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A longitudinal study explored the relationship between musculoskeletal (MSK) pain, such as chronic low back pain, and the risk of earlier retirement among older workers in England. The analysis drew on data from the English Longitudinal Study of Ageing (ELSA) spanning 14 years from 2004 to 2018.

In their final analysis, the authors demonstrated that chronic MSK pain was “significantly associated with the risk of earlier retirement and of work cessation” in older workers. The connection remained a significant predictor of earlier retirement even after controlling for factors like job satisfaction, depressive symptoms, self-perceived social status, sex and working conditions.

Notably, the study found that older workers with frequent MSK pain had a 30% higher risk of retiring earlier compared to those without MSK pain. Similarly, those with chronic MSK pain were 25% more likely to leave the workforce at an earlier age.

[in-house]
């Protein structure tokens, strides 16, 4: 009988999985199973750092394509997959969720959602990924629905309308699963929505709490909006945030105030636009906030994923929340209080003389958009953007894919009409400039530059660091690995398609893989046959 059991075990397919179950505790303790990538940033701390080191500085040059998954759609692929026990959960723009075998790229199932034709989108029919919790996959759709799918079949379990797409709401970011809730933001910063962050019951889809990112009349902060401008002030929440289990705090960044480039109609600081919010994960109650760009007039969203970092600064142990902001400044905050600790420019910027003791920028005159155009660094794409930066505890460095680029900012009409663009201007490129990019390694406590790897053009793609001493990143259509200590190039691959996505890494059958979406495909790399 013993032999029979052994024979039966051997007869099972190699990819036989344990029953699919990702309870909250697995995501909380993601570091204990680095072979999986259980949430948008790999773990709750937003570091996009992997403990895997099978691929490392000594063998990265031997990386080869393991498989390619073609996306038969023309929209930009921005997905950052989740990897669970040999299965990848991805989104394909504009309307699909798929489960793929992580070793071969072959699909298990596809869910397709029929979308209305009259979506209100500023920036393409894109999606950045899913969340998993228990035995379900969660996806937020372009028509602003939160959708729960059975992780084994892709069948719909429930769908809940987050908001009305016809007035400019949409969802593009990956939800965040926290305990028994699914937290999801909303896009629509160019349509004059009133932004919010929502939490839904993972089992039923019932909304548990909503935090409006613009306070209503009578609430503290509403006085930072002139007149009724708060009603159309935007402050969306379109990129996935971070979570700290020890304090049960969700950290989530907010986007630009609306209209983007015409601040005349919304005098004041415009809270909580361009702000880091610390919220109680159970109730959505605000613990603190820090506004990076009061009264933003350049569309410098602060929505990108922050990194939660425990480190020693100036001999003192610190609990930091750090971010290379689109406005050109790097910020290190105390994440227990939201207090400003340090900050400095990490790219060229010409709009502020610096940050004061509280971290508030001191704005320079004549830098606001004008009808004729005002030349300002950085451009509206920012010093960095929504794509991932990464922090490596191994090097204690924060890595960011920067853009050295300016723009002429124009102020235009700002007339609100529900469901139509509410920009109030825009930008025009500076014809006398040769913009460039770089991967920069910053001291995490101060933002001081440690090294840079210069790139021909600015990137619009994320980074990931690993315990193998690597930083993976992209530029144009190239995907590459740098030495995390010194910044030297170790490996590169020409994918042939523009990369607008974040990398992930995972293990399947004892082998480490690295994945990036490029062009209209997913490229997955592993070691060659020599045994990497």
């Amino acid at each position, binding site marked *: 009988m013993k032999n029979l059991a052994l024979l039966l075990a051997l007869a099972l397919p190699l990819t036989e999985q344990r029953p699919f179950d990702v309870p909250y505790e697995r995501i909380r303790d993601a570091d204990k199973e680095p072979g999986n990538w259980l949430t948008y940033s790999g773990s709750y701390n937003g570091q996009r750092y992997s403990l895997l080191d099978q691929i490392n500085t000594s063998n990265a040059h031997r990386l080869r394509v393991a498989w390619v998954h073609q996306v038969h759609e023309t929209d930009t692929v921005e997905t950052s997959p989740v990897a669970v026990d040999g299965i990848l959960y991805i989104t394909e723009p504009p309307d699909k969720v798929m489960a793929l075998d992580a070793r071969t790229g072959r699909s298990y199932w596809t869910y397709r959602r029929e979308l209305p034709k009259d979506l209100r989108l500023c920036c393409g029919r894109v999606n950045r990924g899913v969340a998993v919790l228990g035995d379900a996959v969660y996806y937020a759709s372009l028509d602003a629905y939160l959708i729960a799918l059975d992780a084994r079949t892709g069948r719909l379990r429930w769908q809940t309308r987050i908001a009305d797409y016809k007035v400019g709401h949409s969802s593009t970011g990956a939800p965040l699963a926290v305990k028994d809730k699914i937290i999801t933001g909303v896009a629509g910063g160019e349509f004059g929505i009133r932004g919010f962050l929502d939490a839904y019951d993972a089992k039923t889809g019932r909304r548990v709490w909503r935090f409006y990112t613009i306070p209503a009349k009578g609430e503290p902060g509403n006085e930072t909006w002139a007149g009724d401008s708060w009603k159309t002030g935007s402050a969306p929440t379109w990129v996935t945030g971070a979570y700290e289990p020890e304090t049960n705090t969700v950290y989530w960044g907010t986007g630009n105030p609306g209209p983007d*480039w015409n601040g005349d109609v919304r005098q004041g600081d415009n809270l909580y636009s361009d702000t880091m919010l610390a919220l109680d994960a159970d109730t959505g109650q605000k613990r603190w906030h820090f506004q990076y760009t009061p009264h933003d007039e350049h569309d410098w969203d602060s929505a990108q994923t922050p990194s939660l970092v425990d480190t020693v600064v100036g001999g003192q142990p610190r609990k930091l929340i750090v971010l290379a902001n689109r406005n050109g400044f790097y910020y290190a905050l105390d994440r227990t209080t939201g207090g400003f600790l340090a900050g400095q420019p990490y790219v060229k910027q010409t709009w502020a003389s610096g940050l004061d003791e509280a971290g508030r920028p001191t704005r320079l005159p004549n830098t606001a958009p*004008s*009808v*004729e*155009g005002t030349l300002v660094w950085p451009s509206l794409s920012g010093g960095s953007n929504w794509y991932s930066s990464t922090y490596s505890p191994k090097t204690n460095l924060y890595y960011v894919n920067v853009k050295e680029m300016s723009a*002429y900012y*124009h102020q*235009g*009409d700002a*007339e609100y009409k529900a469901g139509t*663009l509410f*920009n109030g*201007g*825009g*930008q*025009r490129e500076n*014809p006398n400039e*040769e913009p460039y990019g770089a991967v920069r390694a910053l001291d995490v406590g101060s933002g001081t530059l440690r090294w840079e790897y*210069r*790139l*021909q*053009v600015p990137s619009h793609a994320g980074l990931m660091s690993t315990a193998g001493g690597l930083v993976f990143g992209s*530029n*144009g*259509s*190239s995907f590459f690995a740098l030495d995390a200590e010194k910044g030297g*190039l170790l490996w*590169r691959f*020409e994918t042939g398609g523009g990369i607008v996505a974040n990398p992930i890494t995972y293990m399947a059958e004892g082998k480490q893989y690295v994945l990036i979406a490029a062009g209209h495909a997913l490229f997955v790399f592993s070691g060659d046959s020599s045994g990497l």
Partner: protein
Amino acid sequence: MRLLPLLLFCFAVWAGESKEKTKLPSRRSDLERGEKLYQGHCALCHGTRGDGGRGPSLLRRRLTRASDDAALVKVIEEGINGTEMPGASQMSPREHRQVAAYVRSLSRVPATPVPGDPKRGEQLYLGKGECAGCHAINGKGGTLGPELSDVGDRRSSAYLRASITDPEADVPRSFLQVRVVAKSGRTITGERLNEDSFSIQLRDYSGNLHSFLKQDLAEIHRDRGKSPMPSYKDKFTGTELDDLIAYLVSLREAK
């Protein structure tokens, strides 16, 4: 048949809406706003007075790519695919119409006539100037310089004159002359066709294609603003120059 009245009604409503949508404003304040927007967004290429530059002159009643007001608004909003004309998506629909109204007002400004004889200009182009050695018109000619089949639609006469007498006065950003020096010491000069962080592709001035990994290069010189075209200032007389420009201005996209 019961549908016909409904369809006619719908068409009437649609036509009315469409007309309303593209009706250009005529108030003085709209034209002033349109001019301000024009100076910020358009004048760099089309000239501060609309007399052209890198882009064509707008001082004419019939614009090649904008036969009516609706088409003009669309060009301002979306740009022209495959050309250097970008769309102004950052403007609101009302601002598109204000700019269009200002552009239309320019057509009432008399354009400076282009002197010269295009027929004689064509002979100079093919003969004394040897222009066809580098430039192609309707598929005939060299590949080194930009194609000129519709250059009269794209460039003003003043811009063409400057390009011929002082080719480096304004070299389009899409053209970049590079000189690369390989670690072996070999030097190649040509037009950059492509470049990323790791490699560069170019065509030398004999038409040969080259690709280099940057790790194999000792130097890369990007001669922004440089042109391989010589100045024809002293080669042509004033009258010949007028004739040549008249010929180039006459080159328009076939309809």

Other factors contributing to earlier workforce exit included being female, lower job satisfaction and a lack of perceived recognition at work. Interestingly, higher self-perceived social status was also associated with earlier retirement and work cessation, with the authors suggesting that those who feel more financially secure may choose to exit the workforce earlier.

Setting this study apart from previous studies is its specific focus on the effects of chronic pain on employment status for older populations, which is important because the prevalence of people living with musculoskeletal pain increases with age.  

While the reasons behind an early workforce exit for those with chronic MSK pain were not explicitly explored, the authors suggested that it could stem from an inability to continue working due to pain, concerns about future health decline, and a perception of lowered productivity or contribution.

The authors concluded, “It is remarkable that pain predicts earlier retirement and work cessation to a similar extent or even more strongly than other variables, such as job satisfaction or specific job demands. It shows just how much impact pain can have on all aspects of people’s lives.”